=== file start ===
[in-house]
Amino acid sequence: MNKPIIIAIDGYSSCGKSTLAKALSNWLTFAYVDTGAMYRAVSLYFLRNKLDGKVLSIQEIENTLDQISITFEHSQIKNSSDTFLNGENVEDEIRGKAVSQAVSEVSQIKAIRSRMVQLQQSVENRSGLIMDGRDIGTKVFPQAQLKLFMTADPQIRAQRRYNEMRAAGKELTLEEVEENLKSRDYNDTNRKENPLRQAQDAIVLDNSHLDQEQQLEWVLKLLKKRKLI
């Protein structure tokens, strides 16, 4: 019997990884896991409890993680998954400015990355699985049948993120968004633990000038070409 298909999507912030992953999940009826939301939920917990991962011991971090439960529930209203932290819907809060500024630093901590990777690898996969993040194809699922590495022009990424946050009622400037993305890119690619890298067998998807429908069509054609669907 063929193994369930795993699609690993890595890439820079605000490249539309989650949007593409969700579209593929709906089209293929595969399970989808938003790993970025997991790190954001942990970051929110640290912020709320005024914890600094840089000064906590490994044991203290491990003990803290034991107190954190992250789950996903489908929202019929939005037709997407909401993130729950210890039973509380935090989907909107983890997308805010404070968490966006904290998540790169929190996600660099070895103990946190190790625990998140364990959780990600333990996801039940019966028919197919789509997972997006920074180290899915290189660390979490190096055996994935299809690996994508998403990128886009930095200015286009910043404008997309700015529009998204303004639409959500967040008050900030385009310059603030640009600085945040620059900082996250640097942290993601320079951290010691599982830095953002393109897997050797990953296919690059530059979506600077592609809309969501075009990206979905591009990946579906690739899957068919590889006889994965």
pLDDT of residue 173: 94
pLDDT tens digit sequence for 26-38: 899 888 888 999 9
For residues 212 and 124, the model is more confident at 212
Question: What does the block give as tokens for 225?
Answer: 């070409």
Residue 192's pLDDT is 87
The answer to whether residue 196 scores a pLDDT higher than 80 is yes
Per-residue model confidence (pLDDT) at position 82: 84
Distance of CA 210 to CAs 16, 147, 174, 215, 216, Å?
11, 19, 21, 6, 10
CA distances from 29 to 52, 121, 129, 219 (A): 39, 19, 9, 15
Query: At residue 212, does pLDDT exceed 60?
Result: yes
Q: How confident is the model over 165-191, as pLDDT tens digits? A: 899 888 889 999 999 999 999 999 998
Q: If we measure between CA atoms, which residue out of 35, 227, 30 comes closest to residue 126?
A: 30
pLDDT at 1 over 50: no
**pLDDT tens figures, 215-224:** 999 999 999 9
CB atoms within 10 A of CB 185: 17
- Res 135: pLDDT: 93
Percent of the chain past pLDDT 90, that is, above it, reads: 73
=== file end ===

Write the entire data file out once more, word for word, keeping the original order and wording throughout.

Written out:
[in-house]
Amino acid sequence: MNKPIIIAIDGYSSCGKSTLAKALSNWLTFAYVDTGAMYRAVSLYFLRNKLDGKVLSIQEIENTLDQISITFEHSQIKNSSDTFLNGENVEDEIRGKAVSQAVSEVSQIKAIRSRMVQLQQSVENRSGLIMDGRDIGTKVFPQAQLKLFMTADPQIRAQRRYNEMRAAGKELTLEEVEENLKSRDYNDTNRKENPLRQAQDAIVLDNSHLDQEQQLEWVLKLLKKRKLI
């Protein structure tokens, strides 16, 4: 019997990884896991409890993680998954400015990355699985049948993120968004633990000038070409 298909999507912030992953999940009826939301939920917990991962011991971090439960529930209203932290819907809060500024630093901590990777690898996969993040194809699922590495022009990424946050009622400037993305890119690619890298067998998807429908069509054609669907 063929193994369930795993699609690993890595890439820079605000490249539309989650949007593409969700579209593929709906089209293929595969399970989808938003790993970025997991790190954001942990970051929110640290912020709320005024914890600094840089000064906590490994044991203290491990003990803290034991107190954190992250789950996903489908929202019929939005037709997407909401993130729950210890039973509380935090989907909107983890997308805010404070968490966006904290998540790169929190996600660099070895103990946190190790625990998140364990959780990600333990996801039940019966028919197919789509997972997006920074180290899915290189660390979490190096055996994935299809690996994508998403990128886009930095200015286009910043404008997309700015529009998204303004639409959500967040008050900030385009310059603030640009600085945040620059900082996250640097942290993601320079951290010691599982830095953002393109897997050797990953296919690059530059979506600077592609809309969501075009990206979905591009990946579906690739899957068919590889006889994965």
pLDDT of residue 173: 94
pLDDT tens digit sequence for 26-38: 899 888 888 999 9
For residues 212 and 124, the model is more confident at 212
Question: What does the block give as tokens for 225?
Answer: 């070409």
Residue 192's pLDDT is 87
The answer to whether residue 196 scores a pLDDT higher than 80 is yes
Per-residue model confidence (pLDDT) at position 82: 84
Distance of CA 210 to CAs 16, 147, 174, 215, 216, Å?
11, 19, 21, 6, 10
CA distances from 29 to 52, 121, 129, 219 (A): 39, 19, 9, 15
Query: At residue 212, does pLDDT exceed 60?
Result: yes
Q: How confident is the model over 165-191, as pLDDT tens digits? A: 899 888 889 999 999 999 999 999 998
Q: If we measure between CA atoms, which residue out of 35, 227, 30 comes closest to residue 126?
A: 30
pLDDT at 1 over 50: no
**pLDDT tens figures, 215-224:** 999 999 999 9
CB atoms within 10 A of CB 185: 17
- Res 135: pLDDT: 93
Percent of the chain past pLDDT 90, that is, above it, reads: 73